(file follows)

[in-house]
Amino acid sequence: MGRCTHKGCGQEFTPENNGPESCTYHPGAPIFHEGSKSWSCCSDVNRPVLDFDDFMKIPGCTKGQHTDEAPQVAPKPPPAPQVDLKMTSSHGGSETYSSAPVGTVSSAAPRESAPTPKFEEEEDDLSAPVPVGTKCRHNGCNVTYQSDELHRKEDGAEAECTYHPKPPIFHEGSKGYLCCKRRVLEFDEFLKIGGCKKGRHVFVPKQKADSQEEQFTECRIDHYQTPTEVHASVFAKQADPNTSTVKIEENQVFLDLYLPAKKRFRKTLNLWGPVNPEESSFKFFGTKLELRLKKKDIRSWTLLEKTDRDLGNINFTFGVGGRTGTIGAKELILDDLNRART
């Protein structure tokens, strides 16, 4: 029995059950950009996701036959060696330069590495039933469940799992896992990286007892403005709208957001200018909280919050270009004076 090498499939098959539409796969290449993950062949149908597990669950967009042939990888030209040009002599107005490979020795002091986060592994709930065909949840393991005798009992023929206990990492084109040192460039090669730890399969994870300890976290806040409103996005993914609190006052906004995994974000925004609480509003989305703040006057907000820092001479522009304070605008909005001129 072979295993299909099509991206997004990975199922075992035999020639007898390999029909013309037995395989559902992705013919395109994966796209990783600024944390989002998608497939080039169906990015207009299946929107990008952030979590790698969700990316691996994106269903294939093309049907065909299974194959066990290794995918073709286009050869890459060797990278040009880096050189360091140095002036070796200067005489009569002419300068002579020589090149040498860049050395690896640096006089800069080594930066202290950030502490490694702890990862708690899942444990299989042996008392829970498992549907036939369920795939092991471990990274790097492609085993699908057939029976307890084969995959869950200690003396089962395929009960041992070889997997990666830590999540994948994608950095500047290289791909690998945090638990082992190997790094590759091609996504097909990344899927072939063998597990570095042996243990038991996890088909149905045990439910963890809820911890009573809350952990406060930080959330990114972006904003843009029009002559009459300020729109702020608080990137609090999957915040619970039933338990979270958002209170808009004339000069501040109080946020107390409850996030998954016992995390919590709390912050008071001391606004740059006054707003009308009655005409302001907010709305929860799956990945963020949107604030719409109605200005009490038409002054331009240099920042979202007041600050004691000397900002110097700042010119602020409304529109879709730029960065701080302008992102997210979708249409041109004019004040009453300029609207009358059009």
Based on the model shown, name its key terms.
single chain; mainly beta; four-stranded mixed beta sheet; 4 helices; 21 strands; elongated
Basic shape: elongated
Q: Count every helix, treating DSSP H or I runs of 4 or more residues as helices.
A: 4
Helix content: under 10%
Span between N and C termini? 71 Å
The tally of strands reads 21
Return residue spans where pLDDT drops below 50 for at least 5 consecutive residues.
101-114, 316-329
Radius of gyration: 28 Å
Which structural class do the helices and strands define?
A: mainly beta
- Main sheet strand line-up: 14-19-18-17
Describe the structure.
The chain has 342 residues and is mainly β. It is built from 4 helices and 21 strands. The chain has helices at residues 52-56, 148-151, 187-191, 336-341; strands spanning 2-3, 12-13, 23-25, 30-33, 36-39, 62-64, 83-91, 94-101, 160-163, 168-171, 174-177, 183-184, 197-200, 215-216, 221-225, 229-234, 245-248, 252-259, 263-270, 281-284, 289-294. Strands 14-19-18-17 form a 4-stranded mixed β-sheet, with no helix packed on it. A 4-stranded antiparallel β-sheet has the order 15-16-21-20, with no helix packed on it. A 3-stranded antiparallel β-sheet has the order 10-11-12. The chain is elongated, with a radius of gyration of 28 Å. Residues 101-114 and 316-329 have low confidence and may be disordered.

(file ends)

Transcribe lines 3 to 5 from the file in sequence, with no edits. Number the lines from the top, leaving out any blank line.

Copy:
């Protein structure tokens, strides 16, 4: 029995059950950009996701036959060696330069590495039933469940799992896992990286007892403005709208957001200018909280919050270009004076 090498499939098959539409796969290449993950062949149908597990669950967009042939990888030209040009002599107005490979020795002091986060592994709930065909949840393991005798009992023929206990990492084109040192460039090669730890399969994870300890976290806040409103996005993914609190006052906004995994974000925004609480509003989305703040006057907000820092001479522009304070605008909005001129 072979295993299909099509991206997004990975199922075992035999020639007898390999029909013309037995395989559902992705013919395109994966796209990783600024944390989002998608497939080039169906990015207009299946929107990008952030979590790698969700990316691996994106269903294939093309049907065909299974194959066990290794995918073709286009050869890459060797990278040009880096050189360091140095002036070796200067005489009569002419300068002579020589090149040498860049050395690896640096006089800069080594930066202290950030502490490694702890990862708690899942444990299989042996008392829970498992549907036939369920795939092991471990990274790097492609085993699908057939029976307890084969995959869950200690003396089962395929009960041992070889997997990666830590999540994948994608950095500047290289791909690998945090638990082992190997790094590759091609996504097909990344899927072939063998597990570095042996243990038991996890088909149905045990439910963890809820911890009573809350952990406060930080959330990114972006904003843009029009002559009459300020729109702020608080990137609090999957915040619970039933338990979270958002209170808009004339000069501040109080946020107390409850996030998954016992995390919590709390912050008071001391606004740059006054707003009308009655005409302001907010709305929860799956990945963020949107604030719409109605200005009490038409002054331009240099920042979202007041600050004691000397900002110097700042010119602020409304529109879709730029960065701080302008992102997210979708249409041109004019004040009453300029609207009358059009």
Based on the model shown, name its key terms.
single chain; mainly beta; four-stranded mixed beta sheet; 4 helices; 21 strands; elongated